The first signs of the Baptist religion emerged in the 17th century, in Amsterdam, but the religion found its way to colonial America in 1638 with Roger Williams and his colony. Today the Southern Baptist Convention is the largest Protestant denomination in America. The Pentecostal tradition emerged at the turn of the 20th century and still plays a major role in the global Charismatic movement.
Cessationism vs. Continuationism
Officially a significant number of Baptist denominations teach that gifts of prophecy ended in the time of the apostles, a doctrine known as *cessationism*. Southwestern Baptist Theological Seminary in Texas issued a strongly worded statement in 2006 condemning the contemporary charismatic -- pentecostal -- movement. But a study done by Lifeway Research indicates that half of all Southern Baptist pastors believe that some people can speak in tongues, a spiritual phenomenon associated with spiritual baptism. All the denominations within the Pentecostal movement are *continuationist*, believing that prophecy, miracles, speaking in tongues and healing have been a part of the church's experience since Christ's resurrection.
Like most Christian traditions, the Baptist faith maintains belief in the mystery of the Trinity, one God in three persons: the Father, the Son and the Holy Spirit. Within the Pentecostal church, there is a significant division over the nature of the Trinity, with the majority of denominations, including the Assemblies of God, holding to the Baptist's view, while the United Pentecostal Church International and several other smaller branches teach that God is one being who manifests in three different roles or offices. For this reason they are sometimes labeled as *Oneness Pentecostals* or *Jesus-Only Pentecostals.*
During the early 20th century, both Pentecostals and Baptists accepted a *dispensationalist* end-of-times framework, in which the return of Jesus is preceded by the rise of the Antichrist -- a world leader masquerading as a peacemaker -- who ultimately reveals himself to be a tyrant on a scale never before seen in history. Today this belief, along with the rapture of true believers before the worst years of the tribulation, is still widely taught in churches of both faiths. One minor difference is a widespread belief among some Pentecostals in *latter-rain theology* -- a doctrine that the last generation before Christ's return will receive a special outpouring of prophecy, healing, signs and wonders, but the Assemblies of God has condemned this teaching as heretical.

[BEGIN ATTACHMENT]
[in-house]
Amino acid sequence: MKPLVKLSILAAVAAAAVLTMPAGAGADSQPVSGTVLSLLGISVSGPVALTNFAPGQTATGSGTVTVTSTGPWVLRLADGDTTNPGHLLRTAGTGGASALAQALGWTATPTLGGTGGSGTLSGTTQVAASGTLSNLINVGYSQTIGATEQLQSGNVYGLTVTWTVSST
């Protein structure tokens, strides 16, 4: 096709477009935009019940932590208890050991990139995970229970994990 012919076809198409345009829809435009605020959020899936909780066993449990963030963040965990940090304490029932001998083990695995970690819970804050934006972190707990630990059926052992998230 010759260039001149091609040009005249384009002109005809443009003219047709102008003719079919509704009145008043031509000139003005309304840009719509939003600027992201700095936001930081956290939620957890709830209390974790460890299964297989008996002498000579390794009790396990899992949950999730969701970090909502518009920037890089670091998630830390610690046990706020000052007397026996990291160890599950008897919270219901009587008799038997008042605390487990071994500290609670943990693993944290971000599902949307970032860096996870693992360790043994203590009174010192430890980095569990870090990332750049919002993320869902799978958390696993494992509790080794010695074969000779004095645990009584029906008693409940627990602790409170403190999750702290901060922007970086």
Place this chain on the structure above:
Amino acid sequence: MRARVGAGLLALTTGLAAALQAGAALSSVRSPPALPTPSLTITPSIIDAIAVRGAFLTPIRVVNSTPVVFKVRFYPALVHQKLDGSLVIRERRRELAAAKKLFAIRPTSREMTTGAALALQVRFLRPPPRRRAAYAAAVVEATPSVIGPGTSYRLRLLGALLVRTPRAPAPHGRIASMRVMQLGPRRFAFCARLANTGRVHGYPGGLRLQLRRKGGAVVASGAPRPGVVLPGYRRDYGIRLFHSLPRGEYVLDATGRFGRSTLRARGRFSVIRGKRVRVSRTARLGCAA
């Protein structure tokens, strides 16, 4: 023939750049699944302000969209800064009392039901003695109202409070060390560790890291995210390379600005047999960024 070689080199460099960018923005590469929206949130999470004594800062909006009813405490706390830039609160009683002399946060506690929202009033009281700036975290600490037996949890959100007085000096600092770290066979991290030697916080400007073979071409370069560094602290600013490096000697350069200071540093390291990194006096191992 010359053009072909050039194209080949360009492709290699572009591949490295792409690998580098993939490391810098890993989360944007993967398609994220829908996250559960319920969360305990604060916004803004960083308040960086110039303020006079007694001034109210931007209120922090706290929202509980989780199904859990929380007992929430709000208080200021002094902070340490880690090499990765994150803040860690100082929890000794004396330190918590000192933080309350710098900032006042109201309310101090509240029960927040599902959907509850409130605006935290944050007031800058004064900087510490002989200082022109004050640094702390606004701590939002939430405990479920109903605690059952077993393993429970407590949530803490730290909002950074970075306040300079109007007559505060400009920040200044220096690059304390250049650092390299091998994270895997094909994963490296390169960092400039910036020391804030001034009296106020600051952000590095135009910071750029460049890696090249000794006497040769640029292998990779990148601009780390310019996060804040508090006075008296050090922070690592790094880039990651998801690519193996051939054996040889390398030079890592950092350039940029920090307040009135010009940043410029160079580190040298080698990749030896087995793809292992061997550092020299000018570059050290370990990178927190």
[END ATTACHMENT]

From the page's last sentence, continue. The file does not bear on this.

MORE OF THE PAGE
Morals and Ethics
Within the multiple Baptist doctrines, there exists significant diversity with respect to moral teachings, from the justice-oriented Progressive Baptist Church to the socially conservative Southern Baptist Convention, which courts national controversy with statements on homosexuality, the Jewish people and other social issues. Independent fundamental Baptists -- much like the United Pentecostal Church International -- endorse a strict moral code, including long dresses for women and repudiation of most forms of popular culture, though some Baptists also teach the supremacy of the King James Bible over all other translations. The majority of Baptists and Pentecostals do not accept these rules as binding.
- First Baptist Church in America: History Book
- Charisma Magazine: An Open Letter to Southern Baptists
- CBN.com: Half of Southern Baptist Pastors Believe in Tongues
- Southern Baptist Convention: The 2000 Baptist Faith and Message
- United Pentecostal Church International: Doctrine - 60 Questions on the Godhead
- Damian Thompson: Waiting for Antichrist: Charisma and Apocalypse in a Pentecostal Church
- Assemblies of God: End-Time Revival Spirit-Led and Spirit-Controlled
- The Progressive Baptist Church: What We Believe
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